A NEW YORK TIMES BESTSELLER More people than ever before see themselves as addicted to, or recovering from, addiction, whether it be alcohol or drugs, prescription meds, sex, gambling, porn, or the internet. But despite the unprecedented attention, our understanding of addiction is trapped in unfounded 20th century ideas, addiction as a crime or as brain disease, and in equally outdated treatment. Challenging both the idea of the addict's "broken brain" and the notion of a simple "addictive personality," The New York Times Bestseller, Unbroken Brain, offers a radical and groundbreaking new perspective, arguing that addictions are learning disorders and shows how seeing the condition this way can untangle our current debates over treatment, prevention and policy. Like autistic traits, addictive behaviors fall on a spectrum -- and they can be a normal response to an extreme situation. By illustrating what addiction is, and is not, the book illustrates how timing, history, family, peers, culture and chemicals come together to create both illness and recovery- and why there is no "addictive personality" or single treatment that works for all. Combining Maia Szalavitz's personal story with a distillation of more than 25 years of science and research,Unbroken Brain provides a paradigm-shifting approach to thinking about addiction. Her writings on radical addiction therapies have been featured in The Washington Post, Vice Magazine, The Wall Street Journal, and The New York Times, in addition to multiple other publications. She has been interviewed about her book on many radio shows including Fresh Air with Terry Gross and The Brian Lehrer show.
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The opioid epidemic is responsible for longest sustained decline in U.S. life expectancy since the time of World War I and the Great Influenza. In 2017, nearly 50,000 Americans died from an opioid overdose - with an estimated 2 million more living with opioid addiction every day. The Opioid Epidemic: What Everyone Needs to Know® is an accessible, nonpartisan overview of the causes, politics, and treatments tied to the most devastating health crisis of our time. Its comprehensive approach and Q&A format offer readers a practical path to understanding the epidemic from all sides: the basic science of opioids; the nature of addiction; the underlying reasons for the opioid epidemic; effective approaches to helping individuals, families, communities, and national policy; and common myths related to opioid addiction. Written by two expert physicians and enriched with stories from their experiences the crosshairs of this epidemic, this book is a critical resource for any general reader -- and for the individuals and families fighting this fight in their own lives.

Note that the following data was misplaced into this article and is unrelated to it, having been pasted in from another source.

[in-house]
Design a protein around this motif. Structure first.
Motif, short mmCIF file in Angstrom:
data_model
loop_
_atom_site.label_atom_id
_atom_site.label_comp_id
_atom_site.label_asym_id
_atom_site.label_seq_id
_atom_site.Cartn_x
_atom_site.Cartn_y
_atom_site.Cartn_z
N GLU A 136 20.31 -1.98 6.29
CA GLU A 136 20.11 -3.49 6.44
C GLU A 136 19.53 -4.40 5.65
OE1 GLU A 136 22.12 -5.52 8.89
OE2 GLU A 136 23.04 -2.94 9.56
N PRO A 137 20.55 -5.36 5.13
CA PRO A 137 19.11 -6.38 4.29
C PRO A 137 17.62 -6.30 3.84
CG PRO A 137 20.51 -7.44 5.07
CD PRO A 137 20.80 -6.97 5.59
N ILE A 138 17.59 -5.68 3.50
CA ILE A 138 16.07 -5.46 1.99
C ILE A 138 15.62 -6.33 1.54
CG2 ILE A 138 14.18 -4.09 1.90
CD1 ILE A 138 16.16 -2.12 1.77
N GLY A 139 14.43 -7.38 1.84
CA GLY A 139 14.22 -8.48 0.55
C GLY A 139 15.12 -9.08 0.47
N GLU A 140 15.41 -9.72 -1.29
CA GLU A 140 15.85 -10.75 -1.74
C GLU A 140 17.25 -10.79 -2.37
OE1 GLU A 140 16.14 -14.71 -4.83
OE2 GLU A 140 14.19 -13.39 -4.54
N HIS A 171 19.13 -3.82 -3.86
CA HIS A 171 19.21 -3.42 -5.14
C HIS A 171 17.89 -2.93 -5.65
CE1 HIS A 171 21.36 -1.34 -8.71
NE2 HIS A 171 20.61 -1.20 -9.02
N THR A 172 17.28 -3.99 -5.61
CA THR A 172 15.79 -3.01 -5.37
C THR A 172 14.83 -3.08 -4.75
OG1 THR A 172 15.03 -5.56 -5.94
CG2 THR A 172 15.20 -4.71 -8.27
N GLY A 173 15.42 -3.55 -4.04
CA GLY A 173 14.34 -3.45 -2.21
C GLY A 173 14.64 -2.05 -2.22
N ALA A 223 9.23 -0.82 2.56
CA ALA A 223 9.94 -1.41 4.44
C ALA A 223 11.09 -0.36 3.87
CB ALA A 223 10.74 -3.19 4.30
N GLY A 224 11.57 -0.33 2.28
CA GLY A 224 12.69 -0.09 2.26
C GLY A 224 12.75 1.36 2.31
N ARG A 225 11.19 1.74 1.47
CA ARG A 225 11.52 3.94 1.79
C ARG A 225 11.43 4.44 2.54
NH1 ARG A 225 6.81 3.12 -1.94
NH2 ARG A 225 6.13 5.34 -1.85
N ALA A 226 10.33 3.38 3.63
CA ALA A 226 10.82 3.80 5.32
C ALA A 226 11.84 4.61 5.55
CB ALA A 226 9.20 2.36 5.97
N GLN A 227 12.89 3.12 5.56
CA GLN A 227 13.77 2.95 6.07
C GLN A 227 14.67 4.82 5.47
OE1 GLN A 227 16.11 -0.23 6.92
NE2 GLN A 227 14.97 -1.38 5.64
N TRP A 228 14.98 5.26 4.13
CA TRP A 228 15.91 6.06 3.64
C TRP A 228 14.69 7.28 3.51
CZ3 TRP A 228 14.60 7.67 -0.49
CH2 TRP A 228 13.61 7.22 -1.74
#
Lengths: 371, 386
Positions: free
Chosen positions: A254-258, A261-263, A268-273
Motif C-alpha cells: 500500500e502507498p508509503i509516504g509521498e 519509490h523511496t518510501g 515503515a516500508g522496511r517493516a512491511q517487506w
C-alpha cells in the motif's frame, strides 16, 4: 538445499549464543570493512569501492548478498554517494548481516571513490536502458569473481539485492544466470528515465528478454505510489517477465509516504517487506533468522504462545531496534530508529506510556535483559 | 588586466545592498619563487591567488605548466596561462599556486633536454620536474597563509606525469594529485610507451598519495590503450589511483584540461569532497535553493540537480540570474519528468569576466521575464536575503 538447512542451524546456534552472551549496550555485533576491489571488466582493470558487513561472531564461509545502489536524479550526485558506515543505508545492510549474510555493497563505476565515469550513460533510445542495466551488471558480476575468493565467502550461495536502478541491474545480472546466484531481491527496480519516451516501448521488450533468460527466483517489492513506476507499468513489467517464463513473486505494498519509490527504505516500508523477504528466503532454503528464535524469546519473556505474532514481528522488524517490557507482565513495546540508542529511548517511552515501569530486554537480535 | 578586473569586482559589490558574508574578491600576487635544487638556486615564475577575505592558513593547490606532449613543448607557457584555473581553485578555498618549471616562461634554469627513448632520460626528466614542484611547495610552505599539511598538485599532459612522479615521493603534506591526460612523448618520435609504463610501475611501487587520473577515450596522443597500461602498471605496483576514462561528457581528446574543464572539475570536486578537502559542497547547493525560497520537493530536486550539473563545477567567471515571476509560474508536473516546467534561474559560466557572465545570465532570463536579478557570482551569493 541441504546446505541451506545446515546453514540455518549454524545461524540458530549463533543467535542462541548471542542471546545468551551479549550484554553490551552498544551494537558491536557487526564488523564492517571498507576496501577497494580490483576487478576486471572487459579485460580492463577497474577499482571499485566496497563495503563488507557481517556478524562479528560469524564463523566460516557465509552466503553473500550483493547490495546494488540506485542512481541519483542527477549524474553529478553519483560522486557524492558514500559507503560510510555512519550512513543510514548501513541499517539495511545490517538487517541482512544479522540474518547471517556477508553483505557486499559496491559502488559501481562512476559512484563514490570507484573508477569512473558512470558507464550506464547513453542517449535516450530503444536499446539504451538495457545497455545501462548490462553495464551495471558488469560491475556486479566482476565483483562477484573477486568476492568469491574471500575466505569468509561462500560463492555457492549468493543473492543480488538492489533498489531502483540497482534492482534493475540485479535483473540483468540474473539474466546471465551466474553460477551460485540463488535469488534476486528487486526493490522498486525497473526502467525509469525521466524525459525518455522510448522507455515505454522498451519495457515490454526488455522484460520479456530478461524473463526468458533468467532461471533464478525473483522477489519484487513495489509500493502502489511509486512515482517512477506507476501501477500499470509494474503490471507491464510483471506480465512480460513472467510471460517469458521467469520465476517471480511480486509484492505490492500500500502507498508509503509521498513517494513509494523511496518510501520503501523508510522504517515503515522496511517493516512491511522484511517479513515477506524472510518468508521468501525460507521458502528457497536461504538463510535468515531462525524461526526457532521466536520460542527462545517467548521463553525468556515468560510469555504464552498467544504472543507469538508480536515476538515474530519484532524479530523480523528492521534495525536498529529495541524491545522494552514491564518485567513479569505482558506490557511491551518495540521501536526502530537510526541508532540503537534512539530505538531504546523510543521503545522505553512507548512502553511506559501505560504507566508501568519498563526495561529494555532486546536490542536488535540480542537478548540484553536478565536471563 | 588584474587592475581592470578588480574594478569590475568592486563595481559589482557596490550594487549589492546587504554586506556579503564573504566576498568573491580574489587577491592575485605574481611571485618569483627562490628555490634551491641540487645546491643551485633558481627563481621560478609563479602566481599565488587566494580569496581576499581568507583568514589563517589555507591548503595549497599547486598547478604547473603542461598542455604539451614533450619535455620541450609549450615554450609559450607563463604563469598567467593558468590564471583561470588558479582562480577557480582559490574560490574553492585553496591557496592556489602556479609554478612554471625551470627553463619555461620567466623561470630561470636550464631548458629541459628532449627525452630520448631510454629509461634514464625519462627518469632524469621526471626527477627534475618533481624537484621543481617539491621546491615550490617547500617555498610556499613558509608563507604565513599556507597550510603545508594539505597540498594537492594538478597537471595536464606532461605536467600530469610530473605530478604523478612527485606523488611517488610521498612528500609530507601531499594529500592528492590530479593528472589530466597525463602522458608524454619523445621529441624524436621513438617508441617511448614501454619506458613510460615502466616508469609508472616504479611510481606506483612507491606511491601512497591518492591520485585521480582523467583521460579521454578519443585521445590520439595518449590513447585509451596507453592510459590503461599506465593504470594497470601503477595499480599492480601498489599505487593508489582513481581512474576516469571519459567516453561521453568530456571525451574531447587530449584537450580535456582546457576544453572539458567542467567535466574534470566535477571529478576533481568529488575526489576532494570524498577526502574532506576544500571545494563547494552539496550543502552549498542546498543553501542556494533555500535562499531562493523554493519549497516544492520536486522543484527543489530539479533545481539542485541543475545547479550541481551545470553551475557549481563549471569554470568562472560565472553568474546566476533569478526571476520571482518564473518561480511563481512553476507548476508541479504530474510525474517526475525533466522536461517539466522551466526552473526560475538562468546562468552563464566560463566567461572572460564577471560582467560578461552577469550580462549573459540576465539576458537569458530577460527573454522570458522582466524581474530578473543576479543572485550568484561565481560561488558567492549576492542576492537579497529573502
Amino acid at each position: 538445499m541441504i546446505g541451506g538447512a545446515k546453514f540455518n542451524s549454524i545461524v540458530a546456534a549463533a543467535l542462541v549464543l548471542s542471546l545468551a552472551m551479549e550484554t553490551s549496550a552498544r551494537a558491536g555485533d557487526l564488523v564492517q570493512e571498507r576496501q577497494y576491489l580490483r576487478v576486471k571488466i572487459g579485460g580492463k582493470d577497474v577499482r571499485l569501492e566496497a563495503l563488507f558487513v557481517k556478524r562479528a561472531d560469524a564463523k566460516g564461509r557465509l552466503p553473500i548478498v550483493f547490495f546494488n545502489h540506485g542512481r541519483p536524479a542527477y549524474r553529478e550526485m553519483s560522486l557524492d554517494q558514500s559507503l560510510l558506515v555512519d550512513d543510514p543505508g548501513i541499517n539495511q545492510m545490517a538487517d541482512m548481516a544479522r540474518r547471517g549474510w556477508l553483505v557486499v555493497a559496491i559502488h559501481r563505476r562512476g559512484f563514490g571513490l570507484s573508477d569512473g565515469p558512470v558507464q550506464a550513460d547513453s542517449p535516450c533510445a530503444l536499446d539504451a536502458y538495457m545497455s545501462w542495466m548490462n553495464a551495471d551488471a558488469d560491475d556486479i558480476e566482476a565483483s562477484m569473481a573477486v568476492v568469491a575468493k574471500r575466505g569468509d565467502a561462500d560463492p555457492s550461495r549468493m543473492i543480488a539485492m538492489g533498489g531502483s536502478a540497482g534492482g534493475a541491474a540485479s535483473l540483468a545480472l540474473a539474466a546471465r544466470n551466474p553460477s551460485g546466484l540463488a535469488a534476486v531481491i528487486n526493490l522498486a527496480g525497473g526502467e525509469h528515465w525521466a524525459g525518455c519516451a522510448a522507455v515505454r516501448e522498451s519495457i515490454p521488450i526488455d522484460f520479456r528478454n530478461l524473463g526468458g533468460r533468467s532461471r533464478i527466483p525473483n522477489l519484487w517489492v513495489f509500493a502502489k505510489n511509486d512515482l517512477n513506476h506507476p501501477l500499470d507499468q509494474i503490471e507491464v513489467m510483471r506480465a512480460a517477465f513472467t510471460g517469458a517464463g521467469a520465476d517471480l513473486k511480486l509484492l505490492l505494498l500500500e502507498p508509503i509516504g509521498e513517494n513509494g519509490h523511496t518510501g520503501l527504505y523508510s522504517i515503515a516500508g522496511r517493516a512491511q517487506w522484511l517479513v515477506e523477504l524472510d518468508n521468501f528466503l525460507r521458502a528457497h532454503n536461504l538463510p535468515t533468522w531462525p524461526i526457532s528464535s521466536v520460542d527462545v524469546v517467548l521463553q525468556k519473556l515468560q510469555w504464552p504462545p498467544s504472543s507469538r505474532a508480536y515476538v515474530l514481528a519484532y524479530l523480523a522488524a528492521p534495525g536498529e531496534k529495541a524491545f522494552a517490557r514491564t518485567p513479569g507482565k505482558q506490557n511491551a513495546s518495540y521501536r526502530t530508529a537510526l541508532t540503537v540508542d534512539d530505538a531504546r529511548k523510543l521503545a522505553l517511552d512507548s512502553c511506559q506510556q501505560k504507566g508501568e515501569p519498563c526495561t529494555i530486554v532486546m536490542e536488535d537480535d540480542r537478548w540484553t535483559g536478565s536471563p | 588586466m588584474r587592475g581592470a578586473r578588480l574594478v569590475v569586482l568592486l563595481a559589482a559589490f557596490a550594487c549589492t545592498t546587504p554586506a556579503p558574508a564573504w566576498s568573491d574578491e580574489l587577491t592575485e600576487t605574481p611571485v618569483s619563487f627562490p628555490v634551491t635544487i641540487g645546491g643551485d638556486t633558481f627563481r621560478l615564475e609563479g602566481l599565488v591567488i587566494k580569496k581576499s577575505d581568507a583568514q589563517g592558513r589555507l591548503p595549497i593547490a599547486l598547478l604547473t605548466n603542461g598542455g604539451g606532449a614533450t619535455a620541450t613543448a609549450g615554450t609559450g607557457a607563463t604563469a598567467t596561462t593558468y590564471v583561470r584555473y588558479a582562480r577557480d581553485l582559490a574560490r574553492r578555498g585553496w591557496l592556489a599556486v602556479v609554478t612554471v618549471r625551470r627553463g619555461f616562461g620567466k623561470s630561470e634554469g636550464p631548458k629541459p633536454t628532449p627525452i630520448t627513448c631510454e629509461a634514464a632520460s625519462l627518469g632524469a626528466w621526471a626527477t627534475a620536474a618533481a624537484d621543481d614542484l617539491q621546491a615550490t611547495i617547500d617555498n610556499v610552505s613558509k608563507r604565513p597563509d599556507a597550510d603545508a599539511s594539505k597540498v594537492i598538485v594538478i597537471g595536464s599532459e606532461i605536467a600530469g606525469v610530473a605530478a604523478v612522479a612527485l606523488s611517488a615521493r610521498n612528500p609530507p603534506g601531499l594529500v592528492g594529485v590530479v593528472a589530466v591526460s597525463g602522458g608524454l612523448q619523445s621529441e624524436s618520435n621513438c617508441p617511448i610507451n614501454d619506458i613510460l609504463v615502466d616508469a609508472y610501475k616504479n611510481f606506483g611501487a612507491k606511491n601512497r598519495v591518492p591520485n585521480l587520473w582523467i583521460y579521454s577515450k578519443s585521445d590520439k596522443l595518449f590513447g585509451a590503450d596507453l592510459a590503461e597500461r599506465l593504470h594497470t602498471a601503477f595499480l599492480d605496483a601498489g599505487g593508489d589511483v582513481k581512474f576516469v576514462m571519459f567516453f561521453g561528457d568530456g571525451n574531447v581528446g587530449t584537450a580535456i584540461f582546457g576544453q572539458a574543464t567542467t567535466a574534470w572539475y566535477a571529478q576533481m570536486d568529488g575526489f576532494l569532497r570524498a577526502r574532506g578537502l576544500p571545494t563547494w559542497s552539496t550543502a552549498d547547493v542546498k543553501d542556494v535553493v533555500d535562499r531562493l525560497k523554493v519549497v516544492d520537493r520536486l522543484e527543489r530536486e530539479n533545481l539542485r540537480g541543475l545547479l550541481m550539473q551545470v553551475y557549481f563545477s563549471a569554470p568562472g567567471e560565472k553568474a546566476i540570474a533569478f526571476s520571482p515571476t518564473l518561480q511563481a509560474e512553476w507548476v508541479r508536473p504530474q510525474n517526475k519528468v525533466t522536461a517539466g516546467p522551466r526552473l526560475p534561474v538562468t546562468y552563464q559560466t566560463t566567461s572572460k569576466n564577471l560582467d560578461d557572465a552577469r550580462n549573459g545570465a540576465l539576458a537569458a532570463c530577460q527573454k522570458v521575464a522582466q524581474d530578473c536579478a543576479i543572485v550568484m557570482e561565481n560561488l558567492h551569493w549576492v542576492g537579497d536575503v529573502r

The problem of addiction is one of the major challenges and controversies confronting medicine and society. It also poses important and complex philosophical and scientific problems. What is addiction? Why does it occur? And how should we respond to it, as individuals and as a society? The Routledge Handbook of Philosophy and Science of Addiction is an outstanding reference source to the key topics, problems and debates in this exciting subject. It spans several disciplines and is the first collection of its kind. Organised into three clear parts, forty-five chapters by a team of international contributors examine key areas, including: the meaning of addiction to individuals conceptions of addiction varieties and taxonomies of addiction methods and models of addiction evolution and addiction history, sociology and anthropology population distribution and epidemiology developmental processes vulnerabilities and resilience psychological and neural mechanisms prevention, treatment and spontaneous recovery public health and the ethics of care social justice, law and policy. Essential reading for students and researchers in addiction research and in philosophy, particularly philosophy of mind and psychology and ethics, The Routledge Handbook of Philosophy and Science of Addiction will also be of great interest to those in related fields, such as medicine, mental health, social work, and social policy.
"Just say no" just doesn't work for everyone. If you've tried to quit and failed, simply want to cut down, or wish to work toward sobriety gradually, join the many thousands of readers who have turned to this empathic, science-based resource--now thoroughly revised. A powerful alternative to abstinence-only treatments, harm reduction helps you set and meet your own goals for gaining control over alcohol and drugs. Step by step, the expert authors guide you to figure out: *Which aspects of your habits may be harmful. *How to protect your safety and make informed choices. *What changes you would like to make. *How to put your intentions into action. *When it's time to seek help--and where to turn. Updated to reflect a decade's worth of research, the fully revised second edition is even more practical. It features additional vivid stories and concrete examples, engaging graphics, new worksheets (which you can download and print for repeated use), "Self-Reflection" boxes, and more. Mental health professionals, see also the authors' Practicing Harm Reduction Psychotherapy, Second Edition.